This problem of fine-tuning is generally regarded as the biggest difficulty with inflation. It is essentially an example of the Goldilocks effect: why is inflation, like so many other properties of the Universe, "just right" to allow our Universe to exist. But the fine-tuning problem can be resolved by taking on board the idea that the Universe itself is alive and has evolved. A key feature of the argument is that the birth of the Universe-an outburst from a singularity-is essentially a mirror image of the collapse of a massive object into a black hole, which is an iniplosion towards a singularity. it is 30 years since Roger Pentose, now at the University of Oxford, and Hawking established that the equations describing the big bang expansion of the Universe are precisely the time-reverse of the equations describing the collapse of a black hole. But it was only in the 1980s that cosmologists realised that our Universe may contain so much material, most of it in the form of invisible, dark matter, that one day die enormous gravitational force would first halt the present expansion and then reverse it, making the Universe collapse back into a singularity that is a mirror image of the one that gave it birth. At about the same time, relativists reatised that there is nothing to stop the material that falls into a singularirv in our three dimensions of space and one of time from being shunted through a kind of space-time warp and emerging as an expanding singularity in another set of dimensions-another space-time. Mathematically, this "new" space-time is represented by a set of four dimensions, just like our own, but with all the dimensions at right angles to all the familiar dimensions of our own space-time. Every singularity, on this picture, has its own set of spacetime dimensions, forming a bubble universe within the framework of some "super" space-time, which we can refer to simply as "superspace". One way to picture what this involves is to use the analogy between the threc dimensions of expanding space around us and the two-dimensional expanding surface of a balloon steadily filling with air. The analogy is not with the volume of air inside the balloon, but with the expanding skin of the balloon ' stretching uniformly in two dimensions but curved around upon itself in a closed surface. Imagine a tiny pimple forming on the surface of the balloon, a small piece of the stretching rubber that gets pinched off and starts to expand in its own right. It develops into a bubble, attached to the original balloon by a tiny, narrow throat-the black hole. And this new bubble can expand away happily in its own right to become as big as the original balloon, or even bigger, without the skin of the original balloon (the original universe) being affected. There can be many bubbles growing out of the skin (the space-time) of the original universe in this way at the same time, all interconnected by a system of black hole "throats' referred to as wormholes or tunnels. And new bubbles can grow out of each new universe, ad infinitum, Instead of the collapse of a black hole representing a one-way journey to nowhere, Hawking, Linde and Smolin and others suggest that it is a one-way journey to somewhere-to a new expanding universe in its own set of dimensions. The dramatic implication is that many, perhaps all the black holes that form in our Universe may be the seeds of new universes. And, of course, our own Universe may have been born in this way out of a black hole in another universe. Whaes more, it tums out that the fact that the Universe seems to be so efficient at the job of making stars and fuming them into black holes means that it is also efficient at making more universes. This is a spectacular shift of viewpoint, and most cosmologists are still struggling to come to grips with it. If 6ne Universe exists, then it seems that there must be many-very many, perhaps even an infinite number of universes. Our Universe has to be seen as just one component of a vast array of universes, a self-reproducing system connected only by the tunnels through space-time, which in this view are perhaps better regarded as cosmic umbilical cords that join a baby universe to its parent. But there is still a puzzle of why inflation should have just the right strength to lead to a universe like our own. The "natural" size for a universe is down in the subatomic region, on the scale of the Planck length, IO^-35 of a metre, the smallest "distance" that can exist. This is where evolution comes in. The key element that Smolin has introduced is the idea that every time a black hole collapses into a singularity and a new baby universe is formed with a new space-time, the laws of physics that are bom with it are slightly different. The force of gravity, for example, may be a little stronger -or weaker-in the baby universes than in the parent. The process, he argues, resembles the way mutations provide the variability among organic life forms on which natural selection can operate.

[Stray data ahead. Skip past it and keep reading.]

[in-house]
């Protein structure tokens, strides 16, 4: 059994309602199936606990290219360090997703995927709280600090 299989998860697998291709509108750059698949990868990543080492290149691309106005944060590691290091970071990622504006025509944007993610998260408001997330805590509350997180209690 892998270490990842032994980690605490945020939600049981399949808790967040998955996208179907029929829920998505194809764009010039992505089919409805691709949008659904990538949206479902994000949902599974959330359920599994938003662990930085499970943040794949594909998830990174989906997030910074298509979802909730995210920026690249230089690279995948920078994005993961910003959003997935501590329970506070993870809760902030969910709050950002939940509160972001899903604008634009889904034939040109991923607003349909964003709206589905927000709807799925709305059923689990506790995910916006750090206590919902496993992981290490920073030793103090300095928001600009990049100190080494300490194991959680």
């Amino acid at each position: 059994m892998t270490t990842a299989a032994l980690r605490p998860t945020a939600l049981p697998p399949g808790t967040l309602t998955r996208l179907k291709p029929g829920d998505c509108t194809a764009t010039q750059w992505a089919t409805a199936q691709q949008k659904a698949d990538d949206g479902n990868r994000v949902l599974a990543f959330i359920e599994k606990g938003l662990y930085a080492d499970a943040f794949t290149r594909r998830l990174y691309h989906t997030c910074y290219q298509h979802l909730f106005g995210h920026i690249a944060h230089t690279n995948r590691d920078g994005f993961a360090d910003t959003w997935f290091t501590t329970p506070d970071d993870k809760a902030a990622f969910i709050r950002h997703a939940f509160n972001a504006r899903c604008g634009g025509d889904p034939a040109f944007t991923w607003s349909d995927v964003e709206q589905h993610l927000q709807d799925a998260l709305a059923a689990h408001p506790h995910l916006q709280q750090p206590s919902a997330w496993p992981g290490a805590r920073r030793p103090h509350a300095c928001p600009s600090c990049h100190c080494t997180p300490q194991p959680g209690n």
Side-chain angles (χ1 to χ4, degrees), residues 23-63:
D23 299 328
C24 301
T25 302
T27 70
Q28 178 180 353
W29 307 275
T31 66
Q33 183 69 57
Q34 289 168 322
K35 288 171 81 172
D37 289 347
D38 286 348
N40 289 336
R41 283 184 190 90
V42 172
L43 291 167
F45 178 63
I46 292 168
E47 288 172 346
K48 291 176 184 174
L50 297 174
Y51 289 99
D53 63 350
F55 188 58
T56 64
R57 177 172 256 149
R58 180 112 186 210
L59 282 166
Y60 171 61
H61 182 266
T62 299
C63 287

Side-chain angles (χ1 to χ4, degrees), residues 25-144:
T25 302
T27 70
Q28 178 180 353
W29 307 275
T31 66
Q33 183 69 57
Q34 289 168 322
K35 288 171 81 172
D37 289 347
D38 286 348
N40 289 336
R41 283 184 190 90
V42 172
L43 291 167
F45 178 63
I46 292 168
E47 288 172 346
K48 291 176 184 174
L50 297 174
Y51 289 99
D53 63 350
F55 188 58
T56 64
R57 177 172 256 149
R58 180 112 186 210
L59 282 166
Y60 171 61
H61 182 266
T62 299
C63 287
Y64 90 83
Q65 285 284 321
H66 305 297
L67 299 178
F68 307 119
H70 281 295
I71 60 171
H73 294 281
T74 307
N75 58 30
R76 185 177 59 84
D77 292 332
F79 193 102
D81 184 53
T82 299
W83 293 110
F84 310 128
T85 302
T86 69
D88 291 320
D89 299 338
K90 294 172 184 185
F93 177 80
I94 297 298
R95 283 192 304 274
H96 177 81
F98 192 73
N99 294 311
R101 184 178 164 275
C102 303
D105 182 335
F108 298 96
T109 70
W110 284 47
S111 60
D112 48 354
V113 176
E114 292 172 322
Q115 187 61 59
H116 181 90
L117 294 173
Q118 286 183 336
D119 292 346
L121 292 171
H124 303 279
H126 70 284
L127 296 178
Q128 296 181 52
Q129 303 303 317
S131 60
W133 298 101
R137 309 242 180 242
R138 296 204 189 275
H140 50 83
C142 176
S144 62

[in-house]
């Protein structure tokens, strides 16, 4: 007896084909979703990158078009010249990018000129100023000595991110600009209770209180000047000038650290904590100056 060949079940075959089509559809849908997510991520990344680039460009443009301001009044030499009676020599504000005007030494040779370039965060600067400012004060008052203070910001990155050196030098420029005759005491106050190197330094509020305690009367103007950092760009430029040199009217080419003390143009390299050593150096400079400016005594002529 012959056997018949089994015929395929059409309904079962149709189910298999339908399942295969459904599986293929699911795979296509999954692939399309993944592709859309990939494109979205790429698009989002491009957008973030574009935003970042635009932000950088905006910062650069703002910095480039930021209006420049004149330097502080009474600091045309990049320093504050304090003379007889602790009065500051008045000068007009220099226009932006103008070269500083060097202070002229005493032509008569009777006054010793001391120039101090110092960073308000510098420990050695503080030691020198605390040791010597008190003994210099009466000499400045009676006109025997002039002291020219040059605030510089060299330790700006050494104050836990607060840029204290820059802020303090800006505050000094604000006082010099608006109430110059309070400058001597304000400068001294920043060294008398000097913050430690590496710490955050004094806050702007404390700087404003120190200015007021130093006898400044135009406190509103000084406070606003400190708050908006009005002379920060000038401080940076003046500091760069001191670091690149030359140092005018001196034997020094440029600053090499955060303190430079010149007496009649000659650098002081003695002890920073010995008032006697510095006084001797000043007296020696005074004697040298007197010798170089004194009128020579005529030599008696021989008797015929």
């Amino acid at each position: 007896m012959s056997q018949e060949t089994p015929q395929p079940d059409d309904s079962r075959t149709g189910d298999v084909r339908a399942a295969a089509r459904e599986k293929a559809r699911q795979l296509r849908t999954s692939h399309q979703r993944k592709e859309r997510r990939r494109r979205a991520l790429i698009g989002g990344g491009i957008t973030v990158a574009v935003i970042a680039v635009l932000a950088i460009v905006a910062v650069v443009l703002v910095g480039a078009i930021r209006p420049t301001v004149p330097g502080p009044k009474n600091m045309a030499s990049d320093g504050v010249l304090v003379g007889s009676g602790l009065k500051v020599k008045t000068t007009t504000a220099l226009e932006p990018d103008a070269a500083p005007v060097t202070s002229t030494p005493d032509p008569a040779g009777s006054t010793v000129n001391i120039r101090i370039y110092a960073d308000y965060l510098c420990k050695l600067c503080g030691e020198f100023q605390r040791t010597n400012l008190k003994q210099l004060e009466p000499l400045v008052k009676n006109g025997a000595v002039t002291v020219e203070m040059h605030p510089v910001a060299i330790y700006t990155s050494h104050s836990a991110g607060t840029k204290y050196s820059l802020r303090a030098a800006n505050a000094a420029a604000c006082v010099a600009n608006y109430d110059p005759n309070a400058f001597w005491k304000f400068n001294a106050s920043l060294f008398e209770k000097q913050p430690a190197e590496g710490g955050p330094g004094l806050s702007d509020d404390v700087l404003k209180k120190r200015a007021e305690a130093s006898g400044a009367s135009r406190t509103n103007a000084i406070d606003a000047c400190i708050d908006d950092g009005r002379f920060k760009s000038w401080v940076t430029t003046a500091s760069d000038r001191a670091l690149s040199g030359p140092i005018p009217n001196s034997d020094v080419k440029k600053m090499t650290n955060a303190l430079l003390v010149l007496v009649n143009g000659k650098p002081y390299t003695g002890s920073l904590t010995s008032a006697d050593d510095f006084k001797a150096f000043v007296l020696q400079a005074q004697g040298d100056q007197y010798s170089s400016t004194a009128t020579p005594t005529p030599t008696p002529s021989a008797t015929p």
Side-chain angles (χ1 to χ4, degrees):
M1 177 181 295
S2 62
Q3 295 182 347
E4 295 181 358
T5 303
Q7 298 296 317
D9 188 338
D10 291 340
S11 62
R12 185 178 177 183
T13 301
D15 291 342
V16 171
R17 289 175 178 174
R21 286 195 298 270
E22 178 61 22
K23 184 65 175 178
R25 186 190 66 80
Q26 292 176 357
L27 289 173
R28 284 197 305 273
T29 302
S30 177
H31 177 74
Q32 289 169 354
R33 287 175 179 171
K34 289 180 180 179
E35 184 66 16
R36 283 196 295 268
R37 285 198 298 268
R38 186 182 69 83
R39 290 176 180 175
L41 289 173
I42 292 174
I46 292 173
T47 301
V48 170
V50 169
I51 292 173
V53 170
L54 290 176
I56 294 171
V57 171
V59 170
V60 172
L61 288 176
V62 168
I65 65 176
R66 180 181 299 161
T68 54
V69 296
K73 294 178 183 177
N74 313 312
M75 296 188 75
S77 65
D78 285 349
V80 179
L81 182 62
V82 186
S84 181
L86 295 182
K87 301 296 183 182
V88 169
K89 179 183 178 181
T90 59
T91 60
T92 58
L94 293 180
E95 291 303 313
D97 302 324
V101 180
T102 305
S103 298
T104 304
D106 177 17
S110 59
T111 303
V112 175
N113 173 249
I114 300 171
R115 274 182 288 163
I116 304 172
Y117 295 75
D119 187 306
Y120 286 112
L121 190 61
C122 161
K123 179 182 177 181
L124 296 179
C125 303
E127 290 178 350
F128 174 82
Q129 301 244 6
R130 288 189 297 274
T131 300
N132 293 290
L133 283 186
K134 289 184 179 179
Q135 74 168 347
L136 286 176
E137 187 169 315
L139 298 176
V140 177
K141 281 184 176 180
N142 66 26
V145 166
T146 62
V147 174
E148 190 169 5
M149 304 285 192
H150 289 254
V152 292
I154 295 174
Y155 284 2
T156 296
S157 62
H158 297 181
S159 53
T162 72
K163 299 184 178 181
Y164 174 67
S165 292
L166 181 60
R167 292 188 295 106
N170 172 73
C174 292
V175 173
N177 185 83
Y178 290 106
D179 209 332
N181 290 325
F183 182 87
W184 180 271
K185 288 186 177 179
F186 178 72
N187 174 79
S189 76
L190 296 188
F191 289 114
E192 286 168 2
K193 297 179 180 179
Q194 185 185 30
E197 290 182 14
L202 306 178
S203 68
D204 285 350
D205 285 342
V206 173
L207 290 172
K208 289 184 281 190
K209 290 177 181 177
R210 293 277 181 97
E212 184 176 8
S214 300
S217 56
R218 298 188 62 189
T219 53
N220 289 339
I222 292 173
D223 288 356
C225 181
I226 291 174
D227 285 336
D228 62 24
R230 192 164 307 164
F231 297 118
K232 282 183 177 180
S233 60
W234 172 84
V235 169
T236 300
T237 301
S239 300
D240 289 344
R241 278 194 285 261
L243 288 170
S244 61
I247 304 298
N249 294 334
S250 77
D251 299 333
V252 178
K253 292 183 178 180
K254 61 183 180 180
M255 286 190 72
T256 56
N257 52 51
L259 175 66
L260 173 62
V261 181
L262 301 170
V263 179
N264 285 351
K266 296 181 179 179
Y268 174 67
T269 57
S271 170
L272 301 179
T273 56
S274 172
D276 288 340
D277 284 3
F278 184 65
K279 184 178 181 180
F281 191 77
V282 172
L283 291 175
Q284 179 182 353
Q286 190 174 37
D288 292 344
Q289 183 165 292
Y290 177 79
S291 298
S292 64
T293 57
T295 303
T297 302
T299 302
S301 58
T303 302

Each baby universe, says Smolin, is not a perfect replica of its parent but a slightly mutated form. The original, natural state of a baby universe may indeed be to expand out to a few times the Planck length, before collapsing once again. But if the random changes in the workings of the I ' aws of physicsthe mutations-happen to allow a little bit more inflation, a baby universe will grow a little larger. If it becomes big enough, it may separate into two or more different regions that each collapse to make a new singularity and thereby trigger the birth of another generation of universes. Those new universes will also be slightly different from their parents. Some may lose the ability to grow much larger than the Planck length, and will fade back into the quantum realm. But some may have a little more inflation still than their parents, growing even larger, producing more black holes and giving birth to more baby universes in their turn. The number of new universes that are produced in each generation will be roughly proportional to the volume of the parent universe. "The essential point," says Smolin, "is that the universes that reproduce the most successfully by leaving the largest number of progeny dominate the ensemble after many generations."